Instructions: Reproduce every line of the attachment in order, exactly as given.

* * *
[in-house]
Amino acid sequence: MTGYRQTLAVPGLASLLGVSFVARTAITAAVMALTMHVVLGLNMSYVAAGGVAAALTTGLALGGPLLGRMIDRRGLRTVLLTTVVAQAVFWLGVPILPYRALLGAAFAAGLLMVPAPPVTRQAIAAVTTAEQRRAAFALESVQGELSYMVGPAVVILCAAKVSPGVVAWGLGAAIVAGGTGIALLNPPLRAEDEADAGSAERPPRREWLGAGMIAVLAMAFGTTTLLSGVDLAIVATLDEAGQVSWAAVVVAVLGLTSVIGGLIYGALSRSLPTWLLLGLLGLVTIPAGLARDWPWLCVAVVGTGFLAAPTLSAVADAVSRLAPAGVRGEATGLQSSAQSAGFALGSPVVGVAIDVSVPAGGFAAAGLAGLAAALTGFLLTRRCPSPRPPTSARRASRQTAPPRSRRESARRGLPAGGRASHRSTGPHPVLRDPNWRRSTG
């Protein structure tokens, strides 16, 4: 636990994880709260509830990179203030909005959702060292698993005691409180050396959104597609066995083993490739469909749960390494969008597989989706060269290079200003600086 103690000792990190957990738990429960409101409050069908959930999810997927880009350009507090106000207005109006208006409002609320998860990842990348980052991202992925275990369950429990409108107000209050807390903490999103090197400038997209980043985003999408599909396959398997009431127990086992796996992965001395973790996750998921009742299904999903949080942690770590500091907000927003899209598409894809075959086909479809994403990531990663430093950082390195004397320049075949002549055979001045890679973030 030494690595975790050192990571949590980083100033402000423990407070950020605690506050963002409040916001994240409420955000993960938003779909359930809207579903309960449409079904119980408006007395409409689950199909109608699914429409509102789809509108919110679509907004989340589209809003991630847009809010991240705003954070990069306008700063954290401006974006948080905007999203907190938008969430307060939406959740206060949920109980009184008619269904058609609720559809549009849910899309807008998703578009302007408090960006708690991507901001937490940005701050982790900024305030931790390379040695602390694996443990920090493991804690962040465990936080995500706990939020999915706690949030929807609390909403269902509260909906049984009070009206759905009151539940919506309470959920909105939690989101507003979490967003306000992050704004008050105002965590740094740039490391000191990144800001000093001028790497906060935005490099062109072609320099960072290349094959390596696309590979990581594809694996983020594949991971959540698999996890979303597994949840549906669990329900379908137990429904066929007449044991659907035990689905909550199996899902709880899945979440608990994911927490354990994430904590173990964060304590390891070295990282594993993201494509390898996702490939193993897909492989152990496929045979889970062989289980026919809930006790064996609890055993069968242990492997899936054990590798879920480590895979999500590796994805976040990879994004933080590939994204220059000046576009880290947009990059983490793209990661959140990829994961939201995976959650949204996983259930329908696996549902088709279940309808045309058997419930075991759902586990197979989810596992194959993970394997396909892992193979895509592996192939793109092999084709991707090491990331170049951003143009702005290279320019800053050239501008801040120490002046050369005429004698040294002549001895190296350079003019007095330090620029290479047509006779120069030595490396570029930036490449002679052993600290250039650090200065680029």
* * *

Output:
[in-house]
Amino acid sequence: MTGYRQTLAVPGLASLLGVSFVARTAITAAVMALTMHVVLGLNMSYVAAGGVAAALTTGLALGGPLLGRMIDRRGLRTVLLTTVVAQAVFWLGVPILPYRALLGAAFAAGLLMVPAPPVTRQAIAAVTTAEQRRAAFALESVQGELSYMVGPAVVILCAAKVSPGVVAWGLGAAIVAGGTGIALLNPPLRAEDEADAGSAERPPRREWLGAGMIAVLAMAFGTTTLLSGVDLAIVATLDEAGQVSWAAVVVAVLGLTSVIGGLIYGALSRSLPTWLLLGLLGLVTIPAGLARDWPWLCVAVVGTGFLAAPTLSAVADAVSRLAPAGVRGEATGLQSSAQSAGFALGSPVVGVAIDVSVPAGGFAAAGLAGLAAALTGFLLTRRCPSPRPPTSARRASRQTAPPRSRRESARRGLPAGGRASHRSTGPHPVLRDPNWRRSTG
């Protein structure tokens, strides 16, 4: 636990994880709260509830990179203030909005959702060292698993005691409180050396959104597609066995083993490739469909749960390494969008597989989706060269290079200003600086 103690000792990190957990738990429960409101409050069908959930999810997927880009350009507090106000207005109006208006409002609320998860990842990348980052991202992925275990369950429990409108107000209050807390903490999103090197400038997209980043985003999408599909396959398997009431127990086992796996992965001395973790996750998921009742299904999903949080942690770590500091907000927003899209598409894809075959086909479809994403990531990663430093950082390195004397320049075949002549055979001045890679973030 030494690595975790050192990571949590980083100033402000423990407070950020605690506050963002409040916001994240409420955000993960938003779909359930809207579903309960449409079904119980408006007395409409689950199909109608699914429409509102789809509108919110679509907004989340589209809003991630847009809010991240705003954070990069306008700063954290401006974006948080905007999203907190938008969430307060939406959740206060949920109980009184008619269904058609609720559809549009849910899309807008998703578009302007408090960006708690991507901001937490940005701050982790900024305030931790390379040695602390694996443990920090493991804690962040465990936080995500706990939020999915706690949030929807609390909403269902509260909906049984009070009206759905009151539940919506309470959920909105939690989101507003979490967003306000992050704004008050105002965590740094740039490391000191990144800001000093001028790497906060935005490099062109072609320099960072290349094959390596696309590979990581594809694996983020594949991971959540698999996890979303597994949840549906669990329900379908137990429904066929007449044991659907035990689905909550199996899902709880899945979440608990994911927490354990994430904590173990964060304590390891070295990282594993993201494509390898996702490939193993897909492989152990496929045979889970062989289980026919809930006790064996609890055993069968242990492997899936054990590798879920480590895979999500590796994805976040990879994004933080590939994204220059000046576009880290947009990059983490793209990661959140990829994961939201995976959650949204996983259930329908696996549902088709279940309808045309058997419930075991759902586990197979989810596992194959993970394997396909892992193979895509592996192939793109092999084709991707090491990331170049951003143009702005290279320019800053050239501008801040120490002046050369005429004698040294002549001895190296350079003019007095330090620029290479047509006779120069030595490396570029930036490449002679052993600290250039650090200065680029």